The lost season of experience for Stafford?  That I'll buy.  It sucks -- he's out again -- do what you have to do to keep him on the field.  However, this team isn't just about Stafford.  Shaun Hill led them to that blowout win versus a pretty decent St. Louis team.  The Lions have shown dramatic improvement since last season, and certainly don't look 2 seasons removed from going winless. 

What was the Jets game?  A team with lesser talent taking a legitimate Superbowl possible team and smacking it around into overtime. The Jets and Rex Ryan came in trying to indimidate and scare the Lions -- we're the big bad Jets and you are going to give us your milk money.  Instead, the Lions manned up, punched them in the face and said "make me you pompous jerk."  What followed was a heck of a brawl where the Jets ended up being luckier than the Lions, not better.  Period. 

Want to know how you can tell the Jets got shocked into respect?  Bart Scott was whining about dirty play by the Lions to justify his own horrid game.  There wasn't the usual "we whupped you" trash talk in the New York Media that typically follows a Jets win (from Ryan, players, and writers).  The Jets are a bully team who felt relieved to get out of Ford Field alive. 

We were hoping beyond hope the Lions would take the next step from contending to defeating top tier teams -- they didn't, but they still held their own.  This game was circled as a very likely loss earlier in the year, and instead came down to the wire.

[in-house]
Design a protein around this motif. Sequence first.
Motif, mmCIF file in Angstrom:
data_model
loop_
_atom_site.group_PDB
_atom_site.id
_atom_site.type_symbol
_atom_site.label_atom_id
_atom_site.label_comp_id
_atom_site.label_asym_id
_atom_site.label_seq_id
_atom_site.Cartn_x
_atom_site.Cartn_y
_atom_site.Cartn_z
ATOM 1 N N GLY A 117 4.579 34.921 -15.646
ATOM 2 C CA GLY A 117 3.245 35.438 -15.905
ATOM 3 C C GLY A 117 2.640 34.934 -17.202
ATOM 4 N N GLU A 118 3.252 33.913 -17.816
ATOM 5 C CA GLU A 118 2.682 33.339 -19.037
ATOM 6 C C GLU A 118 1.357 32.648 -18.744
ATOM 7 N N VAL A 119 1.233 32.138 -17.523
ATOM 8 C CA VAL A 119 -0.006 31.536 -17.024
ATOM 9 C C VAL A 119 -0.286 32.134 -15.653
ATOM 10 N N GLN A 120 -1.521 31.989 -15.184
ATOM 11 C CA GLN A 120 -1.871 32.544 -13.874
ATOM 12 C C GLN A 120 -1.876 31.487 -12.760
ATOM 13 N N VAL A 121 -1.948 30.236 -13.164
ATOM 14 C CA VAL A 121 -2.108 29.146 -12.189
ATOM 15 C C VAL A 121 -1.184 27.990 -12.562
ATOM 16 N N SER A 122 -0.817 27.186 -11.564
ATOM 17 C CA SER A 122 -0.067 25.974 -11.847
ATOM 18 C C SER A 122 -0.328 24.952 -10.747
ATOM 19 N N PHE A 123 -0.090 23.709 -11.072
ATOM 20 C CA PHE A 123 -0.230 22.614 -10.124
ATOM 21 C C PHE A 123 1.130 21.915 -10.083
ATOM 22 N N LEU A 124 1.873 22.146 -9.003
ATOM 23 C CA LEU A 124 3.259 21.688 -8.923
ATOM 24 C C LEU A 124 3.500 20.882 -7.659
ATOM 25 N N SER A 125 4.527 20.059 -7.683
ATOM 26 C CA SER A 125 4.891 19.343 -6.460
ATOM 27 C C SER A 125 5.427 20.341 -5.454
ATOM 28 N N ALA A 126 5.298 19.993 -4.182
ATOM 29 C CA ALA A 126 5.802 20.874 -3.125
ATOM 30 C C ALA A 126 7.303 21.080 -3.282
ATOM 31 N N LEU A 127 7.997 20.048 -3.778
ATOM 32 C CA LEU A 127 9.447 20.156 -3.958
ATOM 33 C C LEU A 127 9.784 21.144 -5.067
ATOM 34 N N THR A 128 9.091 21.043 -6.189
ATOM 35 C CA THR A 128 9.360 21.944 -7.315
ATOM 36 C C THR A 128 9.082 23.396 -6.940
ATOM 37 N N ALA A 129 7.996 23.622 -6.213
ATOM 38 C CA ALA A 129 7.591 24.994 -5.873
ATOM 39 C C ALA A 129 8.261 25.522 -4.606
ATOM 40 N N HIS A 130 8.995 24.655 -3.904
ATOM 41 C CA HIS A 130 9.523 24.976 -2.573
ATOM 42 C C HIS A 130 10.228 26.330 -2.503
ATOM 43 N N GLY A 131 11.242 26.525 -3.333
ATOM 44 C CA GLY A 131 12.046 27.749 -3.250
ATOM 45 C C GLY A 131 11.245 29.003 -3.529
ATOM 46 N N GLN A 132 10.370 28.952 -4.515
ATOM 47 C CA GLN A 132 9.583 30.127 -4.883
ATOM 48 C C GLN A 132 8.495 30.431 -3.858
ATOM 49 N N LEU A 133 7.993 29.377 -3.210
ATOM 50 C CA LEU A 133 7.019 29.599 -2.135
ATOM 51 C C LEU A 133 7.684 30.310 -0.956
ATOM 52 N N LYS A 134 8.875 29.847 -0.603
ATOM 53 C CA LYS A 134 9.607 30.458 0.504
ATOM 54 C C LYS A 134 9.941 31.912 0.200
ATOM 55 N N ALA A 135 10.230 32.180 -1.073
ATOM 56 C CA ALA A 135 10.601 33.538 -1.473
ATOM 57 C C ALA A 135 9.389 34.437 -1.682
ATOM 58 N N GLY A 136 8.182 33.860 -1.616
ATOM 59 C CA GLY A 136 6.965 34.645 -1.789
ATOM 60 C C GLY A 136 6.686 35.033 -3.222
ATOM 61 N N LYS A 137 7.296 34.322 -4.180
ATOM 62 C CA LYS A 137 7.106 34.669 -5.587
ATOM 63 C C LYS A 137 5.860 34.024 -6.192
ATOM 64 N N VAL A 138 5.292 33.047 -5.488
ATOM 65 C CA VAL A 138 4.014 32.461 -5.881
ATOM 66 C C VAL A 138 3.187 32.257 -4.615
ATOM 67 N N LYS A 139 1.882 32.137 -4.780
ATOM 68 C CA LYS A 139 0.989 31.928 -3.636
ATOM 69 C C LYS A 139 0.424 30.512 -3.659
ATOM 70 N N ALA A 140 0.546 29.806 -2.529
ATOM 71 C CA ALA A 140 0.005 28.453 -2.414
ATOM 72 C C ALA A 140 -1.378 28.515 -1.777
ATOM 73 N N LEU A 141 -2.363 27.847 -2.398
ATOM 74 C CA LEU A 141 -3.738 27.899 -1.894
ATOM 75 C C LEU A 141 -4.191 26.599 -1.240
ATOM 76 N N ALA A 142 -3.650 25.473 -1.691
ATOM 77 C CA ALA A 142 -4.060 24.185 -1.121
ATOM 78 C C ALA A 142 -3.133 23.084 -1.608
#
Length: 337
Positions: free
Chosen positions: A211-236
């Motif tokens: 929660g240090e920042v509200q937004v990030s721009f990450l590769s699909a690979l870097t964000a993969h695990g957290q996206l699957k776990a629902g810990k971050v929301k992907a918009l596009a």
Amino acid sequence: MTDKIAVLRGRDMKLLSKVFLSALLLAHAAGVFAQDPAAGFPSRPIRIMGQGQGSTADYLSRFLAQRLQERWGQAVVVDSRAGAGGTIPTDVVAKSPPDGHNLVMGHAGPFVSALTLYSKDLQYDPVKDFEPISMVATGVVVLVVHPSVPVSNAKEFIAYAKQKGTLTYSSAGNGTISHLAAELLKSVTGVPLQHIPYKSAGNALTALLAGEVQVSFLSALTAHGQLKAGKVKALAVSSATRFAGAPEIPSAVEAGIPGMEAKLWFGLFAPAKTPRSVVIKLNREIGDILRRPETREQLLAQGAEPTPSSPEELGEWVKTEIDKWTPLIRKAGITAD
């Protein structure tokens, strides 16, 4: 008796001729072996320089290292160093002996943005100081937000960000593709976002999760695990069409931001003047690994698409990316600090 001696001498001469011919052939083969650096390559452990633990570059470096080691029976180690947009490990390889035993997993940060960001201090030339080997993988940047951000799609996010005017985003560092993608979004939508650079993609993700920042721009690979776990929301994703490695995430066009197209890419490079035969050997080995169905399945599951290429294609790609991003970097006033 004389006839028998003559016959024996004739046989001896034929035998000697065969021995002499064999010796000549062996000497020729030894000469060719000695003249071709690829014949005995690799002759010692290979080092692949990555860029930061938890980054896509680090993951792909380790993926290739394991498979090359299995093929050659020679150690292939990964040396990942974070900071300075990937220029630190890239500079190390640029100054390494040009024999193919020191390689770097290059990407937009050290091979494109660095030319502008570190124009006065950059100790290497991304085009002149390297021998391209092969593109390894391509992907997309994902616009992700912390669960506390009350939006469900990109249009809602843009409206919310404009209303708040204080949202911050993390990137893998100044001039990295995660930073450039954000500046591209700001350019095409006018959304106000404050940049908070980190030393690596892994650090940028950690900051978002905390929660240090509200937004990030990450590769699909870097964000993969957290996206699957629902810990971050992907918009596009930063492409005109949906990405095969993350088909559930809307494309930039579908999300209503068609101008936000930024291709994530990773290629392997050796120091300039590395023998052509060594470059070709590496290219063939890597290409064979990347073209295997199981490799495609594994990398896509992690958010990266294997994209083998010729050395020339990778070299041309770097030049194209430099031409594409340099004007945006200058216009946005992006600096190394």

Panic?  Shaun Hill steps in again as starter and the offense can produce with him at QB.  Not only that, but the defense has actually been improving for the most part.  Wade actually got his bus ticket out of town, replaced by the surprise Alphonso Smith and the solid Chris Houston.  The Defensive line is feared at this point as one of the best in the league.  The Lions will still contend, and depending on how healthy Hill really is should still have a better than even money shot at beating both the Bills and Cowboys on the road.  They have a favorable home schedule, and if the Jets game is any indication should be able to give the Patriots all they want and more on Thanksgiving.  A win is unlikely, but hey -- stranger things have happened. 

This season was all about development and building to add depth and fill the last roster holes next ifseason.  Playoffs? They were more a dream than a goal, and the real goal of building a competitive team for the long term still holds and is still going on.  So there is no reason at all to panic.  Mayhew is still at the helm, and the talent will keep on coming.  Panic is not an option.